The origins of Aari can be traced to the 12th century. First developed by leather workers in the western Indian state of Gujarat, it was used to create embellished footwear. In later years, under the patronage of Mughal emperors, Aari embroidery was done on fine silk and cotton fabrics exclusively by male artisans. Trade with countries like China and England brought in interesting design influences. Royal garments from the 17th century sport rich oriental landscapes as well as European botanical motifs like daffodils and irises, all embroidered using the Aari technique.
Aari gets its name from the ‘Aar’, which is a small, hooked needle or awl. First, the pattern is carefully drawn on thin or transparent paper by a specialised artisan. Tiny pinholes are made along the outlines and the paper is placed on the fabric.
A special powder is rubbed over the paper and gets deposited in little dots that go through the pinholes, creating the outline of the pattern on the fabric below. The fabric is then mounted on a rectangular, wooden frame, ready for the embroidery process to begin.
Patience & Precision
The Aari needle is plied from above, but fed by silk thread from below the fabric. The craftsmen sit on the floor, one hand plying the sharp needle and the other holding the thread in the place. They move the needle swiftly in repetitive loops, to create an unbelievably fine line of chain stitches. It is common practice to include embellishments like small beads and sequins in Aari embroidery for richer effects. Gold, silver and copper threads called ‘zari’ are also used to create gorgeous patterns that hark back to the days of Mughal royalty.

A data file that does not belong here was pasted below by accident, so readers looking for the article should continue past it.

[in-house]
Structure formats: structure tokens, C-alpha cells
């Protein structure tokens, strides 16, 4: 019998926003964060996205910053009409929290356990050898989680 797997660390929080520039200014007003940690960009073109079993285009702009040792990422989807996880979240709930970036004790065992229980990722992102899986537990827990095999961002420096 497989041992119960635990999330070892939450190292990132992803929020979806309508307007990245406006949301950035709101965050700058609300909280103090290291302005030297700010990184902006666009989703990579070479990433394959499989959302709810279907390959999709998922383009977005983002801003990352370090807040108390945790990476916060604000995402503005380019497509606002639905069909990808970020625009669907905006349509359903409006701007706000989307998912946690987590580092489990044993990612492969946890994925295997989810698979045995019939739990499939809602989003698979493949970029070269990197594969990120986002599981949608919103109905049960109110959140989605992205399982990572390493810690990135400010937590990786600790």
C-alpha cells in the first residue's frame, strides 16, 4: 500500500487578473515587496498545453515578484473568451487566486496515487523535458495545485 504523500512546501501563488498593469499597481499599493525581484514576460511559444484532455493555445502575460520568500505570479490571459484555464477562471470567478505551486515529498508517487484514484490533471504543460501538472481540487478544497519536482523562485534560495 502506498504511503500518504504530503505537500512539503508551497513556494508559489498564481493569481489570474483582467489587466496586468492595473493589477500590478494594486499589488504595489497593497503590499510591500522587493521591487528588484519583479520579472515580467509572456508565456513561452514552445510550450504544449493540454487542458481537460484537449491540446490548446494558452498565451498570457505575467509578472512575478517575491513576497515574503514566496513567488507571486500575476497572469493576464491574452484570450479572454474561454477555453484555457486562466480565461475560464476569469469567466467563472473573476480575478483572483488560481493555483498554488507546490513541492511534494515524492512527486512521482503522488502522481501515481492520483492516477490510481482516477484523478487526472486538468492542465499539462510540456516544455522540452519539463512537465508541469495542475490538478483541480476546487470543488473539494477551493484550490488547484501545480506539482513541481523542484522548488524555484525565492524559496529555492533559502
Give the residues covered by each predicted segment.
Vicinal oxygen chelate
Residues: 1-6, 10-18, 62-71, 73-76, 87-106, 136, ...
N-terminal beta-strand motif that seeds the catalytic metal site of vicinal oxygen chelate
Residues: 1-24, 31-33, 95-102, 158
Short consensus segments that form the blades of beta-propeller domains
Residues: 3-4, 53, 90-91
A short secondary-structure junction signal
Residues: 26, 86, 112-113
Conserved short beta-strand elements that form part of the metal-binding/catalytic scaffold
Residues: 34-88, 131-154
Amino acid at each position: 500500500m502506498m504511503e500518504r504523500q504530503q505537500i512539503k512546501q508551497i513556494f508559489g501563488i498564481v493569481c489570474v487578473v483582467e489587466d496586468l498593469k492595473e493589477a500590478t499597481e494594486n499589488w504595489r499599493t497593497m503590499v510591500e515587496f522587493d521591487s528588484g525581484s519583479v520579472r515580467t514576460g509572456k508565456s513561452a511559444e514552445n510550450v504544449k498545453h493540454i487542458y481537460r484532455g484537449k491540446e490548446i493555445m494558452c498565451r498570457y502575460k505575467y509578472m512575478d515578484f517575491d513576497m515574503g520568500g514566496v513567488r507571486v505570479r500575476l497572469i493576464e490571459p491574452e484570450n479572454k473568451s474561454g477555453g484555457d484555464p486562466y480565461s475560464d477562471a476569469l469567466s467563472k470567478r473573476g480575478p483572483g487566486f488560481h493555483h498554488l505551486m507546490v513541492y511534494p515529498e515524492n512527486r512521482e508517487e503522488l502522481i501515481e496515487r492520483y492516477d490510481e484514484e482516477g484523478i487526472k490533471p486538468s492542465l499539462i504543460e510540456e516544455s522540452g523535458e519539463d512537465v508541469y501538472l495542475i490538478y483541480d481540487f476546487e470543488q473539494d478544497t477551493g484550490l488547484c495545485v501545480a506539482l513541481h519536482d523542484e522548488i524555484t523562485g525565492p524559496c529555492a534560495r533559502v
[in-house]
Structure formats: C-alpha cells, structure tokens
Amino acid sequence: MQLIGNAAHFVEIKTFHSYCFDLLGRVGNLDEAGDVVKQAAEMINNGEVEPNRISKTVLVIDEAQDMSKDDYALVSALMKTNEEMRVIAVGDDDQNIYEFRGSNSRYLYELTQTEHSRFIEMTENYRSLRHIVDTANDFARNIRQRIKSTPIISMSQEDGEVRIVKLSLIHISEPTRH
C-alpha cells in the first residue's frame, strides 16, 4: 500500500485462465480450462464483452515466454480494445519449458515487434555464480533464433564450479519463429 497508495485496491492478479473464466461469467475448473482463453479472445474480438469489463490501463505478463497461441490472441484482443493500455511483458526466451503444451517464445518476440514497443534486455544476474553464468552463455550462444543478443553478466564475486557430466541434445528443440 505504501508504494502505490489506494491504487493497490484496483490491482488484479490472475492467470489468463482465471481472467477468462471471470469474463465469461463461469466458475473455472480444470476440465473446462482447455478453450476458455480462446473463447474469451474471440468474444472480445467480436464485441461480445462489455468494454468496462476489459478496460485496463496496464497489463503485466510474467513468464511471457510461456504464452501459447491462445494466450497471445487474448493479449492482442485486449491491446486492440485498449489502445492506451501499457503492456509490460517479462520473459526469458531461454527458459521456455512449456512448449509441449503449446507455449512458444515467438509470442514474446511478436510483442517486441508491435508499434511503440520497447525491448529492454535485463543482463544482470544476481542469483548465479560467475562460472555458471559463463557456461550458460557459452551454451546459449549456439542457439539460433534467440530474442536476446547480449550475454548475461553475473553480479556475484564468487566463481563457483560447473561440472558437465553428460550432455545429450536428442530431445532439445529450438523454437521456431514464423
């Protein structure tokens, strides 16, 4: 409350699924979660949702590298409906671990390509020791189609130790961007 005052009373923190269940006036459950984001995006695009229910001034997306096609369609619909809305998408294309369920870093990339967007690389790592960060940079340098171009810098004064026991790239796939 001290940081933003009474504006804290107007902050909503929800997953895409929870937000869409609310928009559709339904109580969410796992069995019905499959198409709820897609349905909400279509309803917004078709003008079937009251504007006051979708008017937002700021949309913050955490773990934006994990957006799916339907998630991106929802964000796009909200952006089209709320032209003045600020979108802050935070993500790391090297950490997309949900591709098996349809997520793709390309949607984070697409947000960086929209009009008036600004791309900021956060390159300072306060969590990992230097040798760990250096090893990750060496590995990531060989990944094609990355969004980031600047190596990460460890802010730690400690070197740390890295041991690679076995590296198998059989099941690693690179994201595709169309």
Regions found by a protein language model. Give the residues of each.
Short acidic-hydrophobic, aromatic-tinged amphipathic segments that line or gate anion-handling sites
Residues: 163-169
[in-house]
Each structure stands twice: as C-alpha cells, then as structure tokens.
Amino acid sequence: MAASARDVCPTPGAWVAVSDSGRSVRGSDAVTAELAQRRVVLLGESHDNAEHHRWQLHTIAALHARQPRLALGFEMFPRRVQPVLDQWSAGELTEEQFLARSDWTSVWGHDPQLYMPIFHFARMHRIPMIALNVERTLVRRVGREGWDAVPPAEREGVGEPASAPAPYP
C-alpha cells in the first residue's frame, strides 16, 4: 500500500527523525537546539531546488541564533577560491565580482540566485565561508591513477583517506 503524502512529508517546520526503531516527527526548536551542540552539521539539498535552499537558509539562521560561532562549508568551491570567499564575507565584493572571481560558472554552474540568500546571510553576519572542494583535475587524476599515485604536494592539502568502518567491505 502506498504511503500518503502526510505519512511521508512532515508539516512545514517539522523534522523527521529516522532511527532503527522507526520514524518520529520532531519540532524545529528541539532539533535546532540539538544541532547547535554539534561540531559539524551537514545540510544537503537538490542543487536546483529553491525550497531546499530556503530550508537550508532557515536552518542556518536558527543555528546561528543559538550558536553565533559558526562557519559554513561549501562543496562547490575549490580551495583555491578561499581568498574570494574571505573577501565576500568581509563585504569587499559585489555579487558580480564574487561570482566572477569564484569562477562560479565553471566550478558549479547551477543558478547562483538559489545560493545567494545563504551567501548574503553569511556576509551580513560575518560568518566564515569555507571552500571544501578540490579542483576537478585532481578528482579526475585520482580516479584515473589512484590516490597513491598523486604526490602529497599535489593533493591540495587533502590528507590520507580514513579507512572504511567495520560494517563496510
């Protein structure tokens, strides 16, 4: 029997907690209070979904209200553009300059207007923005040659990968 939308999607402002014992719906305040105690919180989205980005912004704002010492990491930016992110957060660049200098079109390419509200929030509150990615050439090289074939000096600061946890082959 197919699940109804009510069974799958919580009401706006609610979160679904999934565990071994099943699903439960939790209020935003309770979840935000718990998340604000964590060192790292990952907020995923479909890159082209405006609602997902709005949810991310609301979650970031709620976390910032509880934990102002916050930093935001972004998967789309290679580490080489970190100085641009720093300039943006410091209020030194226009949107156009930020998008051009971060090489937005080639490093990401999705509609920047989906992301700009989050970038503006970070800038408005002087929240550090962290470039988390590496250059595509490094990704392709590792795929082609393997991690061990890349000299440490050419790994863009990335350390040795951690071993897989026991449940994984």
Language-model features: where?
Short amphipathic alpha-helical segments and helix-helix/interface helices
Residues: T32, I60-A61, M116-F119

The technique demands an enormous amount of skill, training, patience and precision. The craftsmen must concentrate on following the fine outlines of the design, while creating the subtle gradations of colour required to fill in the motif.
They must ply the Aari needle at a consistent pace, ensuring that each stitch is the same size and placed correctly, so that all the eye sees is the seamless beauty of the final design.
The Aari technique is widely used through all of Varana’s collections. The traditional use of Aari is ornate and elaborate, while Varana’s pared down aesthetic interprets Aari with ultimate simplicity revealing the fineness of the skill and perfection in each delicate stitch.